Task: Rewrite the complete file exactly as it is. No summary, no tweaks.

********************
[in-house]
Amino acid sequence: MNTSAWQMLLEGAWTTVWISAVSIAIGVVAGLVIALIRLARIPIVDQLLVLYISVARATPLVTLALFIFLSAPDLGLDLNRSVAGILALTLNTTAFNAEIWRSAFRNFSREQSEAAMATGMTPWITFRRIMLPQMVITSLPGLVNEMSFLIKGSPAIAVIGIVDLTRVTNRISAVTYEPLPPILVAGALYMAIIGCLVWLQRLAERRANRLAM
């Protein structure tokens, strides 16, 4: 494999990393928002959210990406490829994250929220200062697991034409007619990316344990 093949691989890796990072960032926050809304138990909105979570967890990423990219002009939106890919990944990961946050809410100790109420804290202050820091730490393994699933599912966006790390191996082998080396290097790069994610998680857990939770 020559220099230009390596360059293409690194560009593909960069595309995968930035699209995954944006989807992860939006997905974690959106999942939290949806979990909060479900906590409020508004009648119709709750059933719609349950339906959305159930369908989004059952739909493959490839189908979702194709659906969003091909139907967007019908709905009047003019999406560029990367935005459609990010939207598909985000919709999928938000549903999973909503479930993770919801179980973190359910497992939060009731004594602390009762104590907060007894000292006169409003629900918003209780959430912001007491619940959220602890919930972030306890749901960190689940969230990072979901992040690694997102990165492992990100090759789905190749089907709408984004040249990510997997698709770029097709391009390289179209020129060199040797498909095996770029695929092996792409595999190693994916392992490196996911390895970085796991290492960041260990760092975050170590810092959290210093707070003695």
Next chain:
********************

[in-house]
Amino acid sequence: MNTSAWQMLLEGAWTTVWISAVSIAIGVVAGLVIALIRLARIPIVDQLLVLYISVARATPLVTLALFIFLSAPDLGLDLNRSVAGILALTLNTTAFNAEIWRSAFRNFSREQSEAAMATGMTPWITFRRIMLPQMVITSLPGLVNEMSFLIKGSPAIAVIGIVDLTRVTNRISAVTYEPLPPILVAGALYMAIIGCLVWLQRLAERRANRLAM
């Protein structure tokens, strides 16, 4: 494999990393928002959210990406490829994250929220200062697991034409007619990316344990 093949691989890796990072960032926050809304138990909105979570967890990423990219002009939106890919990944990961946050809410100790109420804290202050820091730490393994699933599912966006790390191996082998080396290097790069994610998680857990939770 020559220099230009390596360059293409690194560009593909960069595309995968930035699209995954944006989807992860939006997905974690959106999942939290949806979990909060479900906590409020508004009648119709709750059933719609349950339906959305159930369908989004059952739909493959490839189908979702194709659906969003091909139907967007019908709905009047003019999406560029990367935005459609990010939207598909985000919709999928938000549903999973909503479930993770919801179980973190359910497992939060009731004594602390009762104590907060007894000292006169409003629900918003209780959430912001007491619940959220602890919930972030306890749901960190689940969230990072979901992040690694997102990165492992990100090759789905190749089907709408984004040249990510997997698709770029097709391009390289179209020129060199040797498909095996770029695929092996792409595999190693994916392992490196996911390895970085796991290492960041260990760092975050170590810092959290210093707070003695």
Next chain: